When they found out that Robert Stethem was US military, they beat him, shot him in the head, and dumped his body out of the plane onto the tarmac below.

The plane then faced the addition of several more armed terrorists. A number of passengers, whose last names sounded Jewish, were removed from the plane, but were not released. It wasn't until June 30th that all of the hostages were freed; one had been released a little earlier because of heart trouble.

One of the hijackers, Mohammed Homadi, is currently in Germany, serving a life sentence.

Three of the men allegedly involved in the hijacking are still at large:

Imad Mugniyah's hit parade also includes the 1983 US Embassy bombing in Beirut, and the attack on French and US Marine barracks (241 U.S. Marines killed) in that same year, among others. He also may be coordinating attacks in Iraq.

Ali Atwa was actually prevented from joining the hijacking by airport authorities, but later released in exchange for hostages.

Hasan Izz-Al-Din is believed to still reside in Lebanon.

All three are on the FBI's Most Wanted Terrorists list, and worth a cool $5 mil to whomever turns them in (each).

The US Navy has honored his memory by naming a destroyer for him. The USS Stethem (DDG-63) serves as a fitting tribute to this member of a Navy family.

I was 17 when Robert Dean Stethem was murdered. I will never forget it. Still, any time I think of terrorism, the image of what they did to him is the first thing that comes to my mind. And any time I hear someone act as if terrorism began with 9/11, I remember him.

January, 2003 - The first sunset of the year provides a beautiful backdrop for the guided missile destroyers USS Fitzgerald (DDG 62), USS Stethem (DDG 63), USS Howard (DDG 83). The ships are decorated with holiday lights as they are moored in San Diego. U.S. Navy photo by Geoffrey Patrick.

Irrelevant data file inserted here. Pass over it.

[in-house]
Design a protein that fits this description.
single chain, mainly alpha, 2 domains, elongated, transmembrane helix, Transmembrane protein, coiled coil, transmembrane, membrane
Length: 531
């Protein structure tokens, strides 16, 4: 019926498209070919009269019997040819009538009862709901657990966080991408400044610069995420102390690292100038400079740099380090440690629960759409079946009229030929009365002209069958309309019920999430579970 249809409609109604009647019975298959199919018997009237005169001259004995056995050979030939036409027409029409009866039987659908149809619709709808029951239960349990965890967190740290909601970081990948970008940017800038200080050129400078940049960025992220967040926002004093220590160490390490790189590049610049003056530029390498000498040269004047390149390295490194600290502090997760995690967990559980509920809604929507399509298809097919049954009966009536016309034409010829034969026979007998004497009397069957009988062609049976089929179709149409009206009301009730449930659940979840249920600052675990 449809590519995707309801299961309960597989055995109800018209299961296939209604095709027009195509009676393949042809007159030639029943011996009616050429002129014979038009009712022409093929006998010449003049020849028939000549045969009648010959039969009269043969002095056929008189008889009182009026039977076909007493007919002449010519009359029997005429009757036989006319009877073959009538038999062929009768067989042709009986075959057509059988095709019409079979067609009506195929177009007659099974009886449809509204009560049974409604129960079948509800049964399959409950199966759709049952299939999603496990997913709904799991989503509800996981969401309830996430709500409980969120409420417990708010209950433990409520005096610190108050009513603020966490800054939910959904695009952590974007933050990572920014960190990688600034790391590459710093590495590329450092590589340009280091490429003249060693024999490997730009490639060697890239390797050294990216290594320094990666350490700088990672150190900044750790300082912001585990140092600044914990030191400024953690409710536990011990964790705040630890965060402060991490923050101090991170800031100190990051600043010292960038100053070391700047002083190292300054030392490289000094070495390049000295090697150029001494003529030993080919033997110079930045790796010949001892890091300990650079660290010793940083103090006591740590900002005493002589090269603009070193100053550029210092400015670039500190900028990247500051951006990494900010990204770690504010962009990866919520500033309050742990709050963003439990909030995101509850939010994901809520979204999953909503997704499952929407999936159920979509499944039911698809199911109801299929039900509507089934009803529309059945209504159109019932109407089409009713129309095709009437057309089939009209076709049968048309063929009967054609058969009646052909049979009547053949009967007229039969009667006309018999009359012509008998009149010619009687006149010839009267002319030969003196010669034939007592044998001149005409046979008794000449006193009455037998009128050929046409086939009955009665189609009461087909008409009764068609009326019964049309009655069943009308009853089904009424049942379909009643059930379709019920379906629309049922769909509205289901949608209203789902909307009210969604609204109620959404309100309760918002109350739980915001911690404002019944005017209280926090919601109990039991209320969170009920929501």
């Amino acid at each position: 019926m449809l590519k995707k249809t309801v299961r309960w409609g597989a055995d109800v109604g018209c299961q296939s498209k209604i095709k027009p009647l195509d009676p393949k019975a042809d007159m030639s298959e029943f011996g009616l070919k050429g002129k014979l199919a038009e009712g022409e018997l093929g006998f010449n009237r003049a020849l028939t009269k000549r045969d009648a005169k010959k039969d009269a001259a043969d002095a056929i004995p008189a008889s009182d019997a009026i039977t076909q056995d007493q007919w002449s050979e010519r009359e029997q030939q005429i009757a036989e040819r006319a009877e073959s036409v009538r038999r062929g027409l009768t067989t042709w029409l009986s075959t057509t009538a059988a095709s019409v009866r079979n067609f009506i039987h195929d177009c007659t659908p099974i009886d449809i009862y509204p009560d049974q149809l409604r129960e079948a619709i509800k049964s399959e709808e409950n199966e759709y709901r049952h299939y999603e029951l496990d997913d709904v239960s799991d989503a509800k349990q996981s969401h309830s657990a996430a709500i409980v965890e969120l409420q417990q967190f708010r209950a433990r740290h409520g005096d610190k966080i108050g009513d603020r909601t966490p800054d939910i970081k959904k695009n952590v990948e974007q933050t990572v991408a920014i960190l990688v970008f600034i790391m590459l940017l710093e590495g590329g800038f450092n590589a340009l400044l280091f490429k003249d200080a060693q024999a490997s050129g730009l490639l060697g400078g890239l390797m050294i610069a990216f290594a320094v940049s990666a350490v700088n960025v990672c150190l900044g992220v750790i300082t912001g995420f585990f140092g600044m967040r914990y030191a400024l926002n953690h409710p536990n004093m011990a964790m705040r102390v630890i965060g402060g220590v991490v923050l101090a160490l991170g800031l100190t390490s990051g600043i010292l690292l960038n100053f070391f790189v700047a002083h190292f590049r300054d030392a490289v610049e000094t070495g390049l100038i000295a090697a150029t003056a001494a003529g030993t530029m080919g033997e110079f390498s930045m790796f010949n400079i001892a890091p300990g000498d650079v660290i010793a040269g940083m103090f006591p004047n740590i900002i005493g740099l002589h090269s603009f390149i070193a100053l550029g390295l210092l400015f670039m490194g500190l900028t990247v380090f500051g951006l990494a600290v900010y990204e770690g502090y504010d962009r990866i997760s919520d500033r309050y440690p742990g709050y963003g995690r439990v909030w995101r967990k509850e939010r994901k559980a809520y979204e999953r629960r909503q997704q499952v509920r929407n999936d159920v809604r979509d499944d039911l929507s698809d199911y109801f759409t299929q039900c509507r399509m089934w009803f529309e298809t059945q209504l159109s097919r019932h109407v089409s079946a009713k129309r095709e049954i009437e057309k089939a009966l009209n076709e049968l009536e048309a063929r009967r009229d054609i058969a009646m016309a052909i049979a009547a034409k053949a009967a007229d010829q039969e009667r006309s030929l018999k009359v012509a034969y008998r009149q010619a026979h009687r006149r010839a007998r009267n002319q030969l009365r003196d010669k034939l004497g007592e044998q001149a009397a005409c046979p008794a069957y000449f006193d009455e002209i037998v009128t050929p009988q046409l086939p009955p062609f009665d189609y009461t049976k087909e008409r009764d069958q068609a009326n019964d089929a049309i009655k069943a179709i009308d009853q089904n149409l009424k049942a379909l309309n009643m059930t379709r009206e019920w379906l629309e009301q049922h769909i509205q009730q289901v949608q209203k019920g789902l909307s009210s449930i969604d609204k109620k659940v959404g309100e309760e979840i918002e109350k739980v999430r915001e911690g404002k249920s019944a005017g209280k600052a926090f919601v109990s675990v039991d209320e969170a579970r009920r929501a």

C-130 UPGRADE — A stretch version C-130J Hercules from the California Air National Guard's 146th Airlift Squadron taxis on a ramp at a forward-deployed location here while supporting missions in Iraq, Afghanistan and the Horn of Africa. The C-130J-30 is the latest upgrade to the C-130 cargo plane series. U.S. Air Force photo by Tech. Sgt. Randy Mallard

Happy Birthday to the U.S. Army

This day in 1775, the U.S. Army was founded.

The following message, along with a whole heap of other info related to the day, can be found at:


On June 14, 2005, we proudly celebrate the United States Army’s 230th Birthday. For 230 years, the Nation has entrusted the Army with preserving its peace and freedom, and defending its democracy. Since 1775, American Soldiers have answered the call to duty. They are imbued with the ideals of the Warrior Ethos and motivated by an unwavering belief that they will be victorious. Our Soldiers have understood that our Constitution and the freedom it guarantees are worth fighting for. They sacrifice their personal comfort and safety to answer a higher calling: service in the cause of freedom, both at home and abroad.
America is at war, and the call to duty pierces the air once again. Our adversaries have declared war on our way of life, attacked our homeland, and vowed to attack us again. America is threatened, and it is our duty to serve. America’s sons and daughters who are answering the call to duty are engaged in the noblest work of life, protecting our Nation and enabling others to live free.
Today, our Soldiers protect our national interests around the globe, serving in more than 120 countries. Recently, in joint, combined environments, Soldiers helped to rescue two nations from oppression, and liberated over 50 million people. Since then, more than 1 million Americans have served in Iraq and Afghanistan, and many are returning for a second or third time. Our Soldiers understand that this is a struggle we must win. We are humbled by their sacrifices in the service of our Nation. Despite the hardships, and the danger to life and limb, duty calls, and our Soldiers continue to answer.
Our Nation appreciates your courage, your sacrifice, and your selfless-service. This week the United States Postal Service is demonstrating support for our Soldiers with a special cancellation stamp that commemorates our Army’s 230 years of service to the Nation. They are also assisting in the Freedom Team Salute, a program to send an Army Birthday card to every Soldier. We thank the US Postal Service for their role in recognizing the service of our troops. They are joined by a host of organizations around the country celebrating the Army Birthday.